Working Hard or Working Smart: Which is Best?

What would you recommend, working hard or working smart? While both approaches can be useful, there's one strategy that tends to lead to more success. Find out more here.
Working Hard or Working Smart: Which is Best?
Valeria Sabater

Written and verified by the psychologist Valeria Sabater.

Last update: 17 June, 2023

Which is better, working hard or working smart? There are some talented people who dedicate seemingly endless hours to their work but do it ineffectively. As well as affecting the objectives of the company they work for, this affects both their physical and mental health and they end up feeling exhausted or even demotivated.

However, many companies prioritize physical and cognitive overexertion. They do so without taking into account that this approach is often completely inappropriate. In reality, in an increasingly competitive social scenario, it’s necessary to apply other innovative mechanisms to gain productivity, success, and psychological well-being. Working smart could be the key to this transformation.

“What can be higher than peace in the family and work? The rest isn’t in our power.”

-Boris Pasternak-

The classic model of working hard

Our culture and upbringing have always conveyed the idea to us that we must work hard. It’s the only way to pass our exams, we were told as children. While self help-books claim it’s the only way to conquer our dreams. It’s as if the constant effort and high investment of energy are an absolute guarantee of success. However, this isn’t always the case.

One such example happened during the pandemic. It’s described in a study published in the journal, Frontiers in Psychology. During that time, a great deal of work was carried out at home remotely. It often meant people working all hours. But, investing more hours wasn’t always synonymous with efficiency and satisfaction.

Next, we’re going to explain what working hard entails.

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Man with work stress searching what is better to work hard or work smart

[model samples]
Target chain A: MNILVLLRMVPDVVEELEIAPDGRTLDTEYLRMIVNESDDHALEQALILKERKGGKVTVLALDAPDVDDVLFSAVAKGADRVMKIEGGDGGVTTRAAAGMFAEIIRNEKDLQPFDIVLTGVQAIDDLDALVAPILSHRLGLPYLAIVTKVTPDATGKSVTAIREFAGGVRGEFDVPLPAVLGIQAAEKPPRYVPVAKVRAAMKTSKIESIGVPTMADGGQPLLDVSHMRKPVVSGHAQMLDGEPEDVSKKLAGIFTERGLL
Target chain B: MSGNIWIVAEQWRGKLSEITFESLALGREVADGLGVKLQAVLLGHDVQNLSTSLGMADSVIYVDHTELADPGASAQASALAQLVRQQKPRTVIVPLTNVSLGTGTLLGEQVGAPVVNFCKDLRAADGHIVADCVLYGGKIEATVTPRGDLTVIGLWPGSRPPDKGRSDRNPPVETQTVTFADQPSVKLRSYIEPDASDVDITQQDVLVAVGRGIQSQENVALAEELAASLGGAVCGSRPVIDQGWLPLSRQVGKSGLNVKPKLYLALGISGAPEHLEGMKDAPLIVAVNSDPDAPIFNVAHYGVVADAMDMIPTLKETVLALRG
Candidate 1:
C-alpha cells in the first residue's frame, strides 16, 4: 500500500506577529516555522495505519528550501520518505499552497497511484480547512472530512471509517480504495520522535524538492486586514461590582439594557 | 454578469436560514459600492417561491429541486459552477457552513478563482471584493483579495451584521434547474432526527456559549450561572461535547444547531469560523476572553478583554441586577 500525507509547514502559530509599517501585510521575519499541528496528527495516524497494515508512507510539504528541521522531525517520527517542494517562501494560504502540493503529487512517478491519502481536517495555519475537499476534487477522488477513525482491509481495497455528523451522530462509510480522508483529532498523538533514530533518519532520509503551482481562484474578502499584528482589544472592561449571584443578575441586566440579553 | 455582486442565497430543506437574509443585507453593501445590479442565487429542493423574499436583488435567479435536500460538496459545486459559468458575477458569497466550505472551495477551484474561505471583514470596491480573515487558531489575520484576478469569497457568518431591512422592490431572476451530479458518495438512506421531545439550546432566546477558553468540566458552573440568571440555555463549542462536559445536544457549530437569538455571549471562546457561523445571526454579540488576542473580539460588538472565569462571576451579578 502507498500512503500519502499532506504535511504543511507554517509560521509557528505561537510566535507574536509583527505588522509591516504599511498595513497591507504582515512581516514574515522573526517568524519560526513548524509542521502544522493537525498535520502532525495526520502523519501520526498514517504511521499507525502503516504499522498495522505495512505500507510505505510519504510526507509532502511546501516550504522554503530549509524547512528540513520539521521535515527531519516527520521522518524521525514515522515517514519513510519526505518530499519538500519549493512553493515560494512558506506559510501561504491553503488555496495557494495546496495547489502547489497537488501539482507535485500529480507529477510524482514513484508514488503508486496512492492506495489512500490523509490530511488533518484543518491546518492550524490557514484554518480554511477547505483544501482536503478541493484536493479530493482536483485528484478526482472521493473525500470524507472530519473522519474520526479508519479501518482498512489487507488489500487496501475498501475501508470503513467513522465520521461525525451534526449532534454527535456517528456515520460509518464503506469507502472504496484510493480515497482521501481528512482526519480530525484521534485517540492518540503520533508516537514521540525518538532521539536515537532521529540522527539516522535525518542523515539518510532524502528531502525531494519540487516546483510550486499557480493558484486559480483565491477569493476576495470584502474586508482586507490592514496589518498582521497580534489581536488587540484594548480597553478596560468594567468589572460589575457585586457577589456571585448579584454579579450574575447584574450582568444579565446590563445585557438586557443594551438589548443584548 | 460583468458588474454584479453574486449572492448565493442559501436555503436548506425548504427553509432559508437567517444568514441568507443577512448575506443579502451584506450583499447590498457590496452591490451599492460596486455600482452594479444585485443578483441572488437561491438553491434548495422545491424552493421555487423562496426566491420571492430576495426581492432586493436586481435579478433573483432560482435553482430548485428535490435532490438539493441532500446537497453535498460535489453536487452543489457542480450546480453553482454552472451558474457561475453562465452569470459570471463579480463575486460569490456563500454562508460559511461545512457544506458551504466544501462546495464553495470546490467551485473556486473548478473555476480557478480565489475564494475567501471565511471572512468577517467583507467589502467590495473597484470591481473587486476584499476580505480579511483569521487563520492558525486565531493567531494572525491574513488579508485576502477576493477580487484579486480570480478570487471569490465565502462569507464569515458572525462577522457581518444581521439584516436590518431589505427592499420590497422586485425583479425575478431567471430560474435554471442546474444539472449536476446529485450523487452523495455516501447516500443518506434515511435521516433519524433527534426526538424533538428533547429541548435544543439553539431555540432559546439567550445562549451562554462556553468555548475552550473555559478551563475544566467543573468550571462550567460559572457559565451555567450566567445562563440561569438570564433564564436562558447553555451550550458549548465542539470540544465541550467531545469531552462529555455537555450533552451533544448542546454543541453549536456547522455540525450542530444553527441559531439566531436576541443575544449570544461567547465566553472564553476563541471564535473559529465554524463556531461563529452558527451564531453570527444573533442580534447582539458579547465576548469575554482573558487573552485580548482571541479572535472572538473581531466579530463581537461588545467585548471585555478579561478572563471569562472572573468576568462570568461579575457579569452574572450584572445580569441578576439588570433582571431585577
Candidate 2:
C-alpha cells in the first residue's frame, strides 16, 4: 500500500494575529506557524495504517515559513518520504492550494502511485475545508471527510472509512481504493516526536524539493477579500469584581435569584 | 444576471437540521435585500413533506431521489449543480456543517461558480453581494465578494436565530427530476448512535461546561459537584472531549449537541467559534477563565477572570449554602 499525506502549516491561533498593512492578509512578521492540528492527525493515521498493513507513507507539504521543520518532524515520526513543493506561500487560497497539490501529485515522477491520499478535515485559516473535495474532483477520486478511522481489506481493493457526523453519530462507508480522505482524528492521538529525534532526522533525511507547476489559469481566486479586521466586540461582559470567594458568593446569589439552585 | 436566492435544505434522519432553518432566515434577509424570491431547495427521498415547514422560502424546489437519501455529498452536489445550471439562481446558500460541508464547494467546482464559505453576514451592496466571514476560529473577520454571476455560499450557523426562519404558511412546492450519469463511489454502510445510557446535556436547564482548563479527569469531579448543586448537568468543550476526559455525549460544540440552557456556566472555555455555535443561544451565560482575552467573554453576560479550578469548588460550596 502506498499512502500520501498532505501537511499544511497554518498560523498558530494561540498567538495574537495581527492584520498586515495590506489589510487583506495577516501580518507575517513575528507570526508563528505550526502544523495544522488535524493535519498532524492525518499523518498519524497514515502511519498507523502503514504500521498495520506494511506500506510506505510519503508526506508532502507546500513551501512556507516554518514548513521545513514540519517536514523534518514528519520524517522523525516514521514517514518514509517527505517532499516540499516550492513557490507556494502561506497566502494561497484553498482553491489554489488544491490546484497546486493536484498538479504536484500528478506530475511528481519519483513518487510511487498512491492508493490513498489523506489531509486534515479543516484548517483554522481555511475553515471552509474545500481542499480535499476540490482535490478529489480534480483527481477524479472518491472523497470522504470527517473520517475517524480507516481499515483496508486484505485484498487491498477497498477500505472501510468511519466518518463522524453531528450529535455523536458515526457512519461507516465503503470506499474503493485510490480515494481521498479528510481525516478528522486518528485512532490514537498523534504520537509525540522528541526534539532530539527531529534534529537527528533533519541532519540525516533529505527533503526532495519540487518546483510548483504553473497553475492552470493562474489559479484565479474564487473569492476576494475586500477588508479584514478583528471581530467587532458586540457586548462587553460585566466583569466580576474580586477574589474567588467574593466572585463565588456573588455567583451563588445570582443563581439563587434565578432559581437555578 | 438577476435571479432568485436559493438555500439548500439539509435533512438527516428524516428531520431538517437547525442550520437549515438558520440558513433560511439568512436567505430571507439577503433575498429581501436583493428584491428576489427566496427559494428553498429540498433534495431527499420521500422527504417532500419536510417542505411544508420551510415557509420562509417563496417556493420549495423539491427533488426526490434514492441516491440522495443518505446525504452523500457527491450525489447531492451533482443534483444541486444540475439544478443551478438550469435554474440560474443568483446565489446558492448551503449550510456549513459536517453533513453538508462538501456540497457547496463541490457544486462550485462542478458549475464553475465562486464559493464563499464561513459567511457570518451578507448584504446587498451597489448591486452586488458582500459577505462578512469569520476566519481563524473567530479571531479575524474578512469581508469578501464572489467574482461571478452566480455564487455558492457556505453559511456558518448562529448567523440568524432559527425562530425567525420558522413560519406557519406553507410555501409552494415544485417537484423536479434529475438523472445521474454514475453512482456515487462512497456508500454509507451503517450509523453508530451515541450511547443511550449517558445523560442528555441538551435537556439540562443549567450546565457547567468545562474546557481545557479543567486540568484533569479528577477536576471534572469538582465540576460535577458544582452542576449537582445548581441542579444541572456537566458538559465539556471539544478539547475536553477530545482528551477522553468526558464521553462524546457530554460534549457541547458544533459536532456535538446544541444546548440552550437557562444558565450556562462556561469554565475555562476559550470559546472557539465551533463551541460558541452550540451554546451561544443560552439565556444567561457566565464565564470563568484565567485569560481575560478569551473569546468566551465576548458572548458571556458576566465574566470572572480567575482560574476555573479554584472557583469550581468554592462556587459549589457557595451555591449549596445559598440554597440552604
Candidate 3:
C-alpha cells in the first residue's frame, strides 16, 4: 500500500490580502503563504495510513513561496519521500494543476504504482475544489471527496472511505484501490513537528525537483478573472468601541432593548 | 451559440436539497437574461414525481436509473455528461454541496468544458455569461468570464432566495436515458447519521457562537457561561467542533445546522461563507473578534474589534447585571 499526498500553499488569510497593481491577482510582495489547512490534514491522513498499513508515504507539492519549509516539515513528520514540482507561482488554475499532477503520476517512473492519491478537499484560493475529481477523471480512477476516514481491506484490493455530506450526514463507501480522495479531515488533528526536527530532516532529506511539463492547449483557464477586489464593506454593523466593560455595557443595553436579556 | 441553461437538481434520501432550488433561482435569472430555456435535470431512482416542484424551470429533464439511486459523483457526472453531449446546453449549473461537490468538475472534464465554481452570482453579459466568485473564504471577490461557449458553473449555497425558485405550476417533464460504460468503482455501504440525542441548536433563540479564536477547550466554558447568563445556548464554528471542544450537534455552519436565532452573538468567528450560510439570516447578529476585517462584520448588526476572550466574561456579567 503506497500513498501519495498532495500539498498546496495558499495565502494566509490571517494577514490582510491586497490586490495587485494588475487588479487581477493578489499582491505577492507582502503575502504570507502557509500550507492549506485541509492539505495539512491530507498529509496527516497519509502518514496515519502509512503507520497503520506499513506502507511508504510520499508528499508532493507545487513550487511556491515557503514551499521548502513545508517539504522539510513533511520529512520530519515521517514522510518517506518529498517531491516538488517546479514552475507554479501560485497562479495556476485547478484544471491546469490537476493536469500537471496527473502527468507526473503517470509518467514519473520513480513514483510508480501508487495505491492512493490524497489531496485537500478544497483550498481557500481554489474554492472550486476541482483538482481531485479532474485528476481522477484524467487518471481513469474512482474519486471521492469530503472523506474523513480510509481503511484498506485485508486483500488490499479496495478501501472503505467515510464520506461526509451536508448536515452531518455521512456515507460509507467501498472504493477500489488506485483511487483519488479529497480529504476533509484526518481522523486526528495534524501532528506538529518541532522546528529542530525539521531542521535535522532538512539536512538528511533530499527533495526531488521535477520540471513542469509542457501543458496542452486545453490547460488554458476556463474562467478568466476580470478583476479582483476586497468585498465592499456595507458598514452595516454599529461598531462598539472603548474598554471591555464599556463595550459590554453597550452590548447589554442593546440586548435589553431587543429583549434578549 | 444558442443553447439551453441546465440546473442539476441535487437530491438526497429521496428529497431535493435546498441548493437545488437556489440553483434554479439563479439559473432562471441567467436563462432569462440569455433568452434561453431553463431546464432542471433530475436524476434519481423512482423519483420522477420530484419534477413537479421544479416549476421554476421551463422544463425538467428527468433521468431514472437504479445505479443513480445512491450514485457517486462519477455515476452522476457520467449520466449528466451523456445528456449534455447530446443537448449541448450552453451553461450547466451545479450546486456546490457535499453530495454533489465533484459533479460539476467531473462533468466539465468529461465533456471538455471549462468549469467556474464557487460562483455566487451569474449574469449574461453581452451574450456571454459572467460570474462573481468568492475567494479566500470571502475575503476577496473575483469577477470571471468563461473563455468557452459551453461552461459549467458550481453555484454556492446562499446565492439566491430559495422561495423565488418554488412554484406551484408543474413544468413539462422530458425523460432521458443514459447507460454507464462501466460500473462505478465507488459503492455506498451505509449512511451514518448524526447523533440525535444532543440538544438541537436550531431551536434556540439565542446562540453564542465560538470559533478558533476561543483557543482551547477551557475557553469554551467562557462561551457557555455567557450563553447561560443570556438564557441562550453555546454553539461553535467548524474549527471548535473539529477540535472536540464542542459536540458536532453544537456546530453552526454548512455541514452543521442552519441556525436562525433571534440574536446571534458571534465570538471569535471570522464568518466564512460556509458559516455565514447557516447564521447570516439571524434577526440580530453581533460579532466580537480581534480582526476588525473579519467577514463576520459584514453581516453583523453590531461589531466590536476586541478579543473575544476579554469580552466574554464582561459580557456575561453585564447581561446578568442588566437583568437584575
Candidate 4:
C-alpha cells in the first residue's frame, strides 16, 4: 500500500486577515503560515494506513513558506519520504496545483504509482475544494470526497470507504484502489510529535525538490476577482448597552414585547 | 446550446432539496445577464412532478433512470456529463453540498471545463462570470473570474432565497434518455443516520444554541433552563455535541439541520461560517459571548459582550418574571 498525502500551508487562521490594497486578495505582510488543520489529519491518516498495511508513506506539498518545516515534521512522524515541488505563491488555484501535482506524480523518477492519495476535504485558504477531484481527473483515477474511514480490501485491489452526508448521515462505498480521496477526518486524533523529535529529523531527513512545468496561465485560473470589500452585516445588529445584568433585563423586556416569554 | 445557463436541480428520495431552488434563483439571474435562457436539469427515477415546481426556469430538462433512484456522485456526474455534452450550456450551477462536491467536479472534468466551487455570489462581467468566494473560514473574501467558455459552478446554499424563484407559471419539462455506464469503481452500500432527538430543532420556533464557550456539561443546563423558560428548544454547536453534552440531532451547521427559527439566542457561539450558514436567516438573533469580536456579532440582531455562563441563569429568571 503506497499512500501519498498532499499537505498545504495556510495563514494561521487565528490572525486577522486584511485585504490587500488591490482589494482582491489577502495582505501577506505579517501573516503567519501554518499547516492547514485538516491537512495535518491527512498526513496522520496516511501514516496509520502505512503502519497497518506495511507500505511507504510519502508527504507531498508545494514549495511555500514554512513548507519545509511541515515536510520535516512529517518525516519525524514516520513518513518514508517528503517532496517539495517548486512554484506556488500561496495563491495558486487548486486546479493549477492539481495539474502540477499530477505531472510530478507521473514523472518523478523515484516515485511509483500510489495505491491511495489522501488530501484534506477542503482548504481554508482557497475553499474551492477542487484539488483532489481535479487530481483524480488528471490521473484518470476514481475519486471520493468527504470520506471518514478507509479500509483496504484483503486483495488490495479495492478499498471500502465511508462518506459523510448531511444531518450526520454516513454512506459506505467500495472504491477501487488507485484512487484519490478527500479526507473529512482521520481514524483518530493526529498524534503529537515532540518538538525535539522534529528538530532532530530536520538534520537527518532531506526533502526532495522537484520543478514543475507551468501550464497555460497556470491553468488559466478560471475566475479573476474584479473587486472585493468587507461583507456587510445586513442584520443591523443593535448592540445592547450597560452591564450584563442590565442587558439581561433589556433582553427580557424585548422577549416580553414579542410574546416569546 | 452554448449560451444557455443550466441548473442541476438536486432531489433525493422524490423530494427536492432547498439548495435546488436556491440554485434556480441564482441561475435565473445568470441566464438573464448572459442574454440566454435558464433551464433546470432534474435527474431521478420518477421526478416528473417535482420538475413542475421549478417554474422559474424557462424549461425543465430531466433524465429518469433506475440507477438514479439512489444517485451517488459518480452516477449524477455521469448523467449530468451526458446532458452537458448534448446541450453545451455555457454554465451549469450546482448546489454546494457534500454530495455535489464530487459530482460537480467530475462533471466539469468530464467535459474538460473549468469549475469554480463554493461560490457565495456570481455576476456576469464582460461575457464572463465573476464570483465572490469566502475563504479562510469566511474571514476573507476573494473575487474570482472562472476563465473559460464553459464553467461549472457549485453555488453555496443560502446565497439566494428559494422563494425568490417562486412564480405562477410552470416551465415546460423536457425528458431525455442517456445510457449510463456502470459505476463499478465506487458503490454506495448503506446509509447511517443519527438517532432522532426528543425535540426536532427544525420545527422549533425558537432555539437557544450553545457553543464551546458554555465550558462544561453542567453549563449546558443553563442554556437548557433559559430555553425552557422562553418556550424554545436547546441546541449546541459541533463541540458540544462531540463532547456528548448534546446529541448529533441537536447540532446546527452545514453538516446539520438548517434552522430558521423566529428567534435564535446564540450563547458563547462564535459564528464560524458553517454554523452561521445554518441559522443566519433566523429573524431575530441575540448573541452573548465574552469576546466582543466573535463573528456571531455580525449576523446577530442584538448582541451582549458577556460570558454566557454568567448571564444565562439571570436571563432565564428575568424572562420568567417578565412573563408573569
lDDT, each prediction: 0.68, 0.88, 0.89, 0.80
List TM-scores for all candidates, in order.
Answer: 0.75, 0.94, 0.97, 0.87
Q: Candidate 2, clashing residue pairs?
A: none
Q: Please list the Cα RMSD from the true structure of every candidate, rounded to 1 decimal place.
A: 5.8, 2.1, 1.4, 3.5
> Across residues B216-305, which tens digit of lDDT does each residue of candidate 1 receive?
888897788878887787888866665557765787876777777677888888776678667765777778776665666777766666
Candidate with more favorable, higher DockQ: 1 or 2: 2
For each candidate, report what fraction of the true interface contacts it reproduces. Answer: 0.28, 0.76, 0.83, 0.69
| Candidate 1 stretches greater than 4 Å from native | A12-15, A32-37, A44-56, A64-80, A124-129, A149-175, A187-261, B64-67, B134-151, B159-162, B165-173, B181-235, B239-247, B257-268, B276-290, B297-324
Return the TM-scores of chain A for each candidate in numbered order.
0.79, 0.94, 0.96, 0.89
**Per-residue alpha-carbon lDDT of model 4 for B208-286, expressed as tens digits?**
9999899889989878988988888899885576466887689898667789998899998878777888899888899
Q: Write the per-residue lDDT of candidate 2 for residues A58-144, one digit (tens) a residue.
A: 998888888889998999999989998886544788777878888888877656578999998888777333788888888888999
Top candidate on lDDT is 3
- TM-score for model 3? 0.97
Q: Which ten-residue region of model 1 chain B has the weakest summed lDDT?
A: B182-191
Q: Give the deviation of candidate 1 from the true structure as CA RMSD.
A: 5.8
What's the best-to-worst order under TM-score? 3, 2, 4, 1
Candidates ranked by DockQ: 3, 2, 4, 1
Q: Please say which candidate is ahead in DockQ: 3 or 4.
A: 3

Hard work means you invest a great deal of time and effort in completing tasks.

Characteristics of hard work

Hard work doesn’t always lead to success. However, it does allow us to achieve many goals. Indeed, this methodology uses resources that, properly oriented, are positive. As they say, hard work is the first step to achieving something, but working smart will get us where we want to go. These are the characteristics of hard work:

  • Many tasks tend to be left outstanding.
  • It involves great physical and cognitive effort.
  • It’s not easy to make changes.
  • Planning and time management aren’t easy.
  • It employs traditional approaches and methodologies that aren’t particularly innovative.
  • It takes a great deal of time to complete a task.
  • It’s often difficult to deal with any unexpected problems and challenges.
  • Although it involves total dedication, the planned objectives often aren’t achieved.

While smart work makes it possible to better manage our time and go home earlier, hard work orients us almost exclusively to our work environments. Nothing else exists for us.

Psychological effects associated with hard work

To determine whether working hard or working smart is better, there’s one factor that must be considered. It’s the fact that the employee who dedicates endless hours to a job without good planning will suffer high stress. The psychological effects associated with this modality are quite complex:

  • Often, demotivation and frustration gradually appear.
  • Hard work doesn’t always reinforce self-concept and self-esteem especially if the required results aren’t achieved.
  • The City University of Hong Kong conducted a meta-analysis that discovered that spending long hours at work affects individuals’ health. For instance, chronic fatigue, poor sleep quality, and anxiety often appear. There’s even an increased risk of cardiovascular diseases.